Reboot Illinois is all about reform in Illinois government and nothing is better for improving government than a large and active electorate.
So the bill signed Saturday by Gov. Pat Quinn that brings online voter registration to Illinois should have our unqualified support, right?
Well, not exactly. The online voter registration part is great. That's the part that got all the attention last weekend when Quinn signed it into law. It requires the Illinois State Board of Elections to have an online voter registration system up and running by July 1, 2014.
Click here and scroll down to page 9 to read all about it. It's a good plan and worthy of praise. It'll help experienced voters more efficiently register when they change addresses. It'll be a far more friendly system for new voters that one hopes will encourage them to exercise their right to vote after registering.
Hooray for that.
But this being Illinois, we can't take a step forward without a couple steps back.
Even though this was billed as the online voter registration bill, it does a whole lot more than just mandate e-registration. We'll focus on two particularly troublesome provisions here.
Tucked away on page 168 is a change that will make it more difficult for aldermanic candidates in Chicago to get on the ballot. Prospective candidates for alderman will need to gather signatures "not less than 4% of all the votes cast for alderman" in that ward in the previous general election. Until Quinn signed the bill, candidates needed to gather signatures totaling just 2 percent of the votes cast in the previous election.
It seems we love our incumbents here in Illinois. And now it'll be harder to challenge them if they're on the Chicago City Council.
Page 87 of the bill contains another curious and inexplicable change to Illinois election law, but only for Lake County.
It removes election oversight authority from the Lake County Clerk's Office and creates a five-member election commission to take over election duties. The commission will have a staff and offices that are projected to cost the county $500,000 to $700,000. Actually, the bill doesn't name Lake County as the sole entity to which the provision applies. It specifies "(a)ny county with a population of more than 700,000 as of the 2010 federal decennial census...that borders another state and borders no more than two other Illinois counties..."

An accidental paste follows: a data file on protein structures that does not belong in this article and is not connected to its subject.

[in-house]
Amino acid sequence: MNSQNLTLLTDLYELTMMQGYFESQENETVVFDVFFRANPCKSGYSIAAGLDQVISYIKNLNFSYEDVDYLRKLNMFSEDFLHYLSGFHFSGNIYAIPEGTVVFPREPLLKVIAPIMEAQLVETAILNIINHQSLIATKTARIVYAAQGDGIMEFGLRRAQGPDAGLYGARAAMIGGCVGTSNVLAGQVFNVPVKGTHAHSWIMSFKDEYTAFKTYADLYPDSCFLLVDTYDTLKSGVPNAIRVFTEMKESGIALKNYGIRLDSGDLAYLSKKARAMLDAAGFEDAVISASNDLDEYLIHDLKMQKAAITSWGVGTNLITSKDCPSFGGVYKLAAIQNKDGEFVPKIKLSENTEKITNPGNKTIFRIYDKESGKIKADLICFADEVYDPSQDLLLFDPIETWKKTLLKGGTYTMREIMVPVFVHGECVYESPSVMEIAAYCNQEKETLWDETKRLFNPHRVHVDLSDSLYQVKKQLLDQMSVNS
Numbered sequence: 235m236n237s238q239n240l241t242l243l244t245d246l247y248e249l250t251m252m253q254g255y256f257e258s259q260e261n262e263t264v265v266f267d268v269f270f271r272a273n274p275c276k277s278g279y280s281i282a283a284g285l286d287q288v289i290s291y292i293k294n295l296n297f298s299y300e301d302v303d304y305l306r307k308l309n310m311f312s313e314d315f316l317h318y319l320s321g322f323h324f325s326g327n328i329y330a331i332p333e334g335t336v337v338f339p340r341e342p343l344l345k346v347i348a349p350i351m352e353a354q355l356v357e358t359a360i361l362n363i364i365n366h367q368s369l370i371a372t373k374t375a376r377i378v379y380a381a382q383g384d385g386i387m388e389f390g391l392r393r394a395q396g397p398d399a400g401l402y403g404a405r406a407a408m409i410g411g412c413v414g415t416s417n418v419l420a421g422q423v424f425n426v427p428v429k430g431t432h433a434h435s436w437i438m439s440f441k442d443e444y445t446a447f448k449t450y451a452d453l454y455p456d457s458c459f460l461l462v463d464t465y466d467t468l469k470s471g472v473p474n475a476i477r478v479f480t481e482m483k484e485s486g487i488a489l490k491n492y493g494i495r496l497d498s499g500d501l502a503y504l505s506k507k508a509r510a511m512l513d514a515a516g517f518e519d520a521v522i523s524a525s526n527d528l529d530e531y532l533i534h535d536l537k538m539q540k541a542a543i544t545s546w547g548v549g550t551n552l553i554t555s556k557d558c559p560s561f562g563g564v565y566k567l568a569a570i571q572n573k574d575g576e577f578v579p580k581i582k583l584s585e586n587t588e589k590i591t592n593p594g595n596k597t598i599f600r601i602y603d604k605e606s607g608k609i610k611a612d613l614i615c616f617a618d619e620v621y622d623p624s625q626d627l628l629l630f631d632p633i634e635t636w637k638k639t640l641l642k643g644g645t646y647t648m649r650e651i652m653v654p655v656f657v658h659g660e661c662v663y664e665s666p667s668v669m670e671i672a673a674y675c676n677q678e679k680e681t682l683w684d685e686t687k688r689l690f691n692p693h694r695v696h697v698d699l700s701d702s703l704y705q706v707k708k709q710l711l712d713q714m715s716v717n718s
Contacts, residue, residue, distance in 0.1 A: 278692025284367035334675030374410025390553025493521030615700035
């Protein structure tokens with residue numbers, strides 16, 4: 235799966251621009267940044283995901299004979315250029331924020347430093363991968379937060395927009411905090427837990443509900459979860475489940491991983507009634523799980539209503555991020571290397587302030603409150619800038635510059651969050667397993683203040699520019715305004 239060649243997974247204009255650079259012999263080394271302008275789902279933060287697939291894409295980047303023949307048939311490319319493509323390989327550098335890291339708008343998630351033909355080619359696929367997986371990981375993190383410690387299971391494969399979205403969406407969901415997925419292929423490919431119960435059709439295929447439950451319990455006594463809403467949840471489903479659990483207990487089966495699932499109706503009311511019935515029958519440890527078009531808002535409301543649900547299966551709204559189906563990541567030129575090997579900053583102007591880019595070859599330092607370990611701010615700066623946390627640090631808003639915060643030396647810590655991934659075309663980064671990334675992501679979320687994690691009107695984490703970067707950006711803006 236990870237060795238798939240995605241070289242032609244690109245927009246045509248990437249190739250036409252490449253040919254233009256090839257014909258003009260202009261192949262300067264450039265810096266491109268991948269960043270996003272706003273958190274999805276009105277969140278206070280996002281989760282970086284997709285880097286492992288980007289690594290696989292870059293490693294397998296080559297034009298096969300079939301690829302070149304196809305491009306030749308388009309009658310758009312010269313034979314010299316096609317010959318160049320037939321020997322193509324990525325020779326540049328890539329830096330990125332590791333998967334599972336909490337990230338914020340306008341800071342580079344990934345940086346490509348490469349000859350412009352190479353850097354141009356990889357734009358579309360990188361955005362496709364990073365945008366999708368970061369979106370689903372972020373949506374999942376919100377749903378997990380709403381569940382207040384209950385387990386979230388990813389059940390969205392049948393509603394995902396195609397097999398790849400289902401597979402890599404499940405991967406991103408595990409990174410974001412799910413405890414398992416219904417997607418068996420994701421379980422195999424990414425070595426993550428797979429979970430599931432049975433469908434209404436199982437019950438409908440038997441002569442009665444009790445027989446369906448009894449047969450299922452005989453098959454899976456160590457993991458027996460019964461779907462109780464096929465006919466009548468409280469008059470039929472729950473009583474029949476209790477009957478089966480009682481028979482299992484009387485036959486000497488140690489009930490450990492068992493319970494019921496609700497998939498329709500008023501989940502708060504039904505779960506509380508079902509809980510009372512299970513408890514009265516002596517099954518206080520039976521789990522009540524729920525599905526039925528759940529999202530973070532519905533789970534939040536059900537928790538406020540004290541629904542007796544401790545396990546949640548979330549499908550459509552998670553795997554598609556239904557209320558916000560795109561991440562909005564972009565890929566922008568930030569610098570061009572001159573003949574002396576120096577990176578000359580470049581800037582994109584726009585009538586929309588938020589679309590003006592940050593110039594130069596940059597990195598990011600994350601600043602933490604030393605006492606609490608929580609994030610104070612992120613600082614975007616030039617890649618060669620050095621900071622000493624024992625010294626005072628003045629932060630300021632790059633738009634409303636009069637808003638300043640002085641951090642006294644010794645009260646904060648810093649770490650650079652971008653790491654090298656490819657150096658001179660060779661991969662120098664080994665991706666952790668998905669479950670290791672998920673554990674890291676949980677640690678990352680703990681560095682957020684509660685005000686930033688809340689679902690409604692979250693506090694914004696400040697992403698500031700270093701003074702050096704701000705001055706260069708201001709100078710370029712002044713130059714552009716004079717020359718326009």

Before this bill became law, Lake County - like any other county - was free to establish its own election commission if voters approved it by referendum. Several Illinois counties voluntarily have formed those commissions.
Quinn could have excised the Lake County portion of the bill with an amendatory veto but instead signed the bill as passed.
"The legislature, in its wisdom on this particular bill, voted for a board of election commissioners in Lake County. I thought it was appropriate to move forward as quickly as we can with the election bill itself, especially online voter registration. We've got to get that ready for next year, so I acted," Quinn told the Daily Herald.
Lake County officials this week filed a lawsuit seeking to overturn the rule.
"By sneaking one paragraph in during the last days of session, Springfield chose to eliminate the voice of Lake County voters. What they did was just plain wrong and this lawsuit attempts to correct what we feel is an unconstitutional law," said Lake County Board Chairman Aaron Lawlor. Four of Lake County's five senators voted against the bill, as did five of its nine state representatives.
There's plenty more to question in the new "online voter registration bill," but those two stood out to us. David Morrison of the Illinois Campaign for Political Reform has an excellent breakdown of others.
Three weeks ago Quinn used his amendatory veto powers to veto lawmakers' salaries. This week he was sued by legislative leaders for that action.
We wonder where Quinn's amendatory veto pen was last Saturday when he was making Chicago City Council incumbents more secure and forcing a new and costly bureaucracy onto the voters of Lake County.
Additional reporting by Madeleine Doubek
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